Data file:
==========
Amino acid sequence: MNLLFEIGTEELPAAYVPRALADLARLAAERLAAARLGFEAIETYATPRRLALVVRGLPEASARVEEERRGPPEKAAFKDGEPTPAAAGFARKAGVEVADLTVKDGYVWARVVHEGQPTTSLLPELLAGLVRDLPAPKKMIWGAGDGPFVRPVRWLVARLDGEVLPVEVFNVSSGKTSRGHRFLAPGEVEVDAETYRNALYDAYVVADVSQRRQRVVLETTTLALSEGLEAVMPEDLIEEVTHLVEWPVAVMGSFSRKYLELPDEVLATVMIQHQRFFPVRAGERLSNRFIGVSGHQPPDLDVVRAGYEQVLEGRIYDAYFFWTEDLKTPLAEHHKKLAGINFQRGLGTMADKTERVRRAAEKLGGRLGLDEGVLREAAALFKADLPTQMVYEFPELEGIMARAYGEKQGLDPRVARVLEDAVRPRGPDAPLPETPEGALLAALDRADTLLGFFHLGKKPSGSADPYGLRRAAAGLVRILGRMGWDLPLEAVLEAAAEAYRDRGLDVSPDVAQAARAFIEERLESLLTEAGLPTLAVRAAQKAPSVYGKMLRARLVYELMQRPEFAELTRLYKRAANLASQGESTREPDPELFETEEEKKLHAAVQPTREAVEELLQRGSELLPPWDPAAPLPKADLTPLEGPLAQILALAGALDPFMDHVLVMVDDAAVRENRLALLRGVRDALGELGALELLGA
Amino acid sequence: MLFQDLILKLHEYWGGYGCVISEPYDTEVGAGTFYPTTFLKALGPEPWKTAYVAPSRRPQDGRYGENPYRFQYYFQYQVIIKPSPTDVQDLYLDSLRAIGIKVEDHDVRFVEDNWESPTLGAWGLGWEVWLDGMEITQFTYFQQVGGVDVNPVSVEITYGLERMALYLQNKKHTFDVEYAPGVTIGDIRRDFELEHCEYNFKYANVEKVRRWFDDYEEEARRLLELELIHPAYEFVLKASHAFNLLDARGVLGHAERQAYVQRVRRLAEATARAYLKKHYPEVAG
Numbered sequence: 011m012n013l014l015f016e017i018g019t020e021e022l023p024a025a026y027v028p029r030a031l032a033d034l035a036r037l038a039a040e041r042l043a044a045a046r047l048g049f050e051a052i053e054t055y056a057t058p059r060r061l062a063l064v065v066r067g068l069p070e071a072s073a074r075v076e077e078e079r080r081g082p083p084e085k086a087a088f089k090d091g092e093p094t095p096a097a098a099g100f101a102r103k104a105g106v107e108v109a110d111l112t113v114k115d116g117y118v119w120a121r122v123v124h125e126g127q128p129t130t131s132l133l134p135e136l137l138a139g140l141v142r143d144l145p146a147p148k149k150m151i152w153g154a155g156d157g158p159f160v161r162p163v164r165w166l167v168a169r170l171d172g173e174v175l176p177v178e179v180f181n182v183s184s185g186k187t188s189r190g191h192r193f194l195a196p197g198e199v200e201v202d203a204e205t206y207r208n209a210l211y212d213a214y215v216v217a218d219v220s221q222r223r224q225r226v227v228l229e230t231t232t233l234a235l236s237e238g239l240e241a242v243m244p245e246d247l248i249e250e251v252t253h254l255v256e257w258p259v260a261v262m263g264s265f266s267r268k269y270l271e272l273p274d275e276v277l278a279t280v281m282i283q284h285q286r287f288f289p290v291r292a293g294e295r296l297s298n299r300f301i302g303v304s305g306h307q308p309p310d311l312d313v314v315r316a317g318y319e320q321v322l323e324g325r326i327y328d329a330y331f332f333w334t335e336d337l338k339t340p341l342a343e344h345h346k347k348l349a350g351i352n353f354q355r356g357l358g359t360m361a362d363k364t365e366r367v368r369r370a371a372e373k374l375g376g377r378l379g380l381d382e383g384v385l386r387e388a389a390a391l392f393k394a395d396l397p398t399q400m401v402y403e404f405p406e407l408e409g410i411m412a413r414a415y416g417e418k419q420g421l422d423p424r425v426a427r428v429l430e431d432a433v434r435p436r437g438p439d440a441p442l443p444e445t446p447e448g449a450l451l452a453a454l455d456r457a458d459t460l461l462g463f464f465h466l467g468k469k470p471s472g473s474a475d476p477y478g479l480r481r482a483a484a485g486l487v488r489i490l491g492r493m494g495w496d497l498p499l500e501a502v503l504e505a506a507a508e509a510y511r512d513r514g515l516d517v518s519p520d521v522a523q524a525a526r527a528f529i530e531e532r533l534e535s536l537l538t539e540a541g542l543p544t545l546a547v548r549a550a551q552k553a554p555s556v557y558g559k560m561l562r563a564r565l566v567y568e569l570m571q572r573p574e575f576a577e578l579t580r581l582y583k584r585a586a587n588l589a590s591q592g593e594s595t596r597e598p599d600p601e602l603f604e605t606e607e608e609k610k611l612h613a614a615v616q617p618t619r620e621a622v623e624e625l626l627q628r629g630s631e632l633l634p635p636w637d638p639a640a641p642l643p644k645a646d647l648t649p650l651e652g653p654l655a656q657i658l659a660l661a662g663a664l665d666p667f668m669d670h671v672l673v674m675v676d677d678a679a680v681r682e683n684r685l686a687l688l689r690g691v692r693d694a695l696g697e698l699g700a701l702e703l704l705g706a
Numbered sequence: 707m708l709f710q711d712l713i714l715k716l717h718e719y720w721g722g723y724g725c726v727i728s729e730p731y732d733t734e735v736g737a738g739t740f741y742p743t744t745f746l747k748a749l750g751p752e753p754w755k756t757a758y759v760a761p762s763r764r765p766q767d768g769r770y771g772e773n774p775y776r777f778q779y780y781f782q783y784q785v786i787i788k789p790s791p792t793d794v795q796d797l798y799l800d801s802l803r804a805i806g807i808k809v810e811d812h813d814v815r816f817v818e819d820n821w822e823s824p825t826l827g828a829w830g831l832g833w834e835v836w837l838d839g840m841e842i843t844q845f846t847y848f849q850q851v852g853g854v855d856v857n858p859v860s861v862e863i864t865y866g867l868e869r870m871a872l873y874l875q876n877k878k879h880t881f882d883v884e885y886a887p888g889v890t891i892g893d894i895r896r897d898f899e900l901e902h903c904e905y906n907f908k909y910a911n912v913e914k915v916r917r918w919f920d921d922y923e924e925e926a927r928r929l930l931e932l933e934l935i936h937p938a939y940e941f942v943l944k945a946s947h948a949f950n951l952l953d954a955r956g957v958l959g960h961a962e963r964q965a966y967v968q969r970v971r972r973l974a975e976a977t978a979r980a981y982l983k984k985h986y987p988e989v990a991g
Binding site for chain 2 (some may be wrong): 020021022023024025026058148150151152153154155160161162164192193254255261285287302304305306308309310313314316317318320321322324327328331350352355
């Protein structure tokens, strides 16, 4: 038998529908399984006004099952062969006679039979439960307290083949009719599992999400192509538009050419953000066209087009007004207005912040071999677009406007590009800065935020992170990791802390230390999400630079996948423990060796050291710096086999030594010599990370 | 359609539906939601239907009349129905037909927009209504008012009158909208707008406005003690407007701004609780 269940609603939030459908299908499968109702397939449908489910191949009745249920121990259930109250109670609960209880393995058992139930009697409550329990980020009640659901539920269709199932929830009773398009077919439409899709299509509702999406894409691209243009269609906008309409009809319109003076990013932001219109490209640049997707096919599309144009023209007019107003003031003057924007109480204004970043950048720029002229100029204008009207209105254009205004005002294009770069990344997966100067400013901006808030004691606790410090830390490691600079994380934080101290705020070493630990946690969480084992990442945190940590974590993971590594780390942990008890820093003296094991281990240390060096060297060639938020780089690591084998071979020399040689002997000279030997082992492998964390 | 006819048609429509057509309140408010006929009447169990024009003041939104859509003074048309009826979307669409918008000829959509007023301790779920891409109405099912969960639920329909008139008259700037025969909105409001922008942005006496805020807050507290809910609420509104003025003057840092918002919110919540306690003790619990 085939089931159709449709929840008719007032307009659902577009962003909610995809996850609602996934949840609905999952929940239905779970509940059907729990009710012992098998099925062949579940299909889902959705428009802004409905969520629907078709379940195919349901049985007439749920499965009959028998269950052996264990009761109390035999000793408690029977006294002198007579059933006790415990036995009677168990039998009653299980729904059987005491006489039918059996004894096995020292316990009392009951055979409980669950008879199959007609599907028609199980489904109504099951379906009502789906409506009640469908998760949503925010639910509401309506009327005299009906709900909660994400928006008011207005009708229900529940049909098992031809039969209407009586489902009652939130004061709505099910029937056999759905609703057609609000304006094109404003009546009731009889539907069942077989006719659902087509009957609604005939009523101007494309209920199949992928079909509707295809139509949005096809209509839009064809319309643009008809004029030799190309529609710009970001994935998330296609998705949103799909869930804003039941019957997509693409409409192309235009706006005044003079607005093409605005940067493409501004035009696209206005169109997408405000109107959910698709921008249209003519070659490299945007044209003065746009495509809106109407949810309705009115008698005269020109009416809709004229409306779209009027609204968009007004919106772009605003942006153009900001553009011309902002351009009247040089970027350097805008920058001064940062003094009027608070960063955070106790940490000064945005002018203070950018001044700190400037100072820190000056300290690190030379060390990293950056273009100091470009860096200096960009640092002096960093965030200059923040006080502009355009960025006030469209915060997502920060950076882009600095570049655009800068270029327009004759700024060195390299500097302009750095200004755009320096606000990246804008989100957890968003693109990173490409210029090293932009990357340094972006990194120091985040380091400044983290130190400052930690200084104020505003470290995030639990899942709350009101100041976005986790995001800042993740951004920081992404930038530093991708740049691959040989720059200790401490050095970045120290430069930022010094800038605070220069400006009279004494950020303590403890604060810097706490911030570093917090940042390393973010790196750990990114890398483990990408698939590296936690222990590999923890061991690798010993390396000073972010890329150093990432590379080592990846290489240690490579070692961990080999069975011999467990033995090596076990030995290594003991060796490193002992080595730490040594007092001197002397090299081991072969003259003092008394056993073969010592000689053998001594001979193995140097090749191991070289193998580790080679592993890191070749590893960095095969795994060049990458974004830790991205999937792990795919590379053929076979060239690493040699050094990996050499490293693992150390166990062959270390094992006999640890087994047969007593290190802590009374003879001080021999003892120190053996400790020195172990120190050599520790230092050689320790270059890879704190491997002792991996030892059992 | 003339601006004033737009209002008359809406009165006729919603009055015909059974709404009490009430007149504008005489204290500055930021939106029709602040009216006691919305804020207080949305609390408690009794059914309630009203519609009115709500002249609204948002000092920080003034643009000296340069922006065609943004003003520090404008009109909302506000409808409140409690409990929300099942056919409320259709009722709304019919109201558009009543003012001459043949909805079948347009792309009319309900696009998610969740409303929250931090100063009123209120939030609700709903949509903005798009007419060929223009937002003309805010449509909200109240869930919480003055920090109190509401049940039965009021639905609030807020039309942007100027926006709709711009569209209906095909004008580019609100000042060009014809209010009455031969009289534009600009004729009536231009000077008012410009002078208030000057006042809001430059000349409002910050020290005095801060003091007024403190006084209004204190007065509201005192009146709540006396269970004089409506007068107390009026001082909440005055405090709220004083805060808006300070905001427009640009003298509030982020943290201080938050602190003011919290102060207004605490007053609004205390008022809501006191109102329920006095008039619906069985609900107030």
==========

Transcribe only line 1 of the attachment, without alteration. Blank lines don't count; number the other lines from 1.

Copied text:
Amino acid sequence: MNLLFEIGTEELPAAYVPRALADLARLAAERLAAARLGFEAIETYATPRRLALVVRGLPEASARVEEERRGPPEKAAFKDGEPTPAAAGFARKAGVEVADLTVKDGYVWARVVHEGQPTTSLLPELLAGLVRDLPAPKKMIWGAGDGPFVRPVRWLVARLDGEVLPVEVFNVSSGKTSRGHRFLAPGEVEVDAETYRNALYDAYVVADVSQRRQRVVLETTTLALSEGLEAVMPEDLIEEVTHLVEWPVAVMGSFSRKYLELPDEVLATVMIQHQRFFPVRAGERLSNRFIGVSGHQPPDLDVVRAGYEQVLEGRIYDAYFFWTEDLKTPLAEHHKKLAGINFQRGLGTMADKTERVRRAAEKLGGRLGLDEGVLREAAALFKADLPTQMVYEFPELEGIMARAYGEKQGLDPRVARVLEDAVRPRGPDAPLPETPEGALLAALDRADTLLGFFHLGKKPSGSADPYGLRRAAAGLVRILGRMGWDLPLEAVLEAAAEAYRDRGLDVSPDVAQAARAFIEERLESLLTEAGLPTLAVRAAQKAPSVYGKMLRARLVYELMQRPEFAELTRLYKRAANLASQGESTREPDPELFETEEEKKLHAAVQPTREAVEELLQRGSELLPPWDPAAPLPKADLTPLEGPLAQILALAGALDPFMDHVLVMVDDAAVRENRLALLRGVRDALGELGALELLGA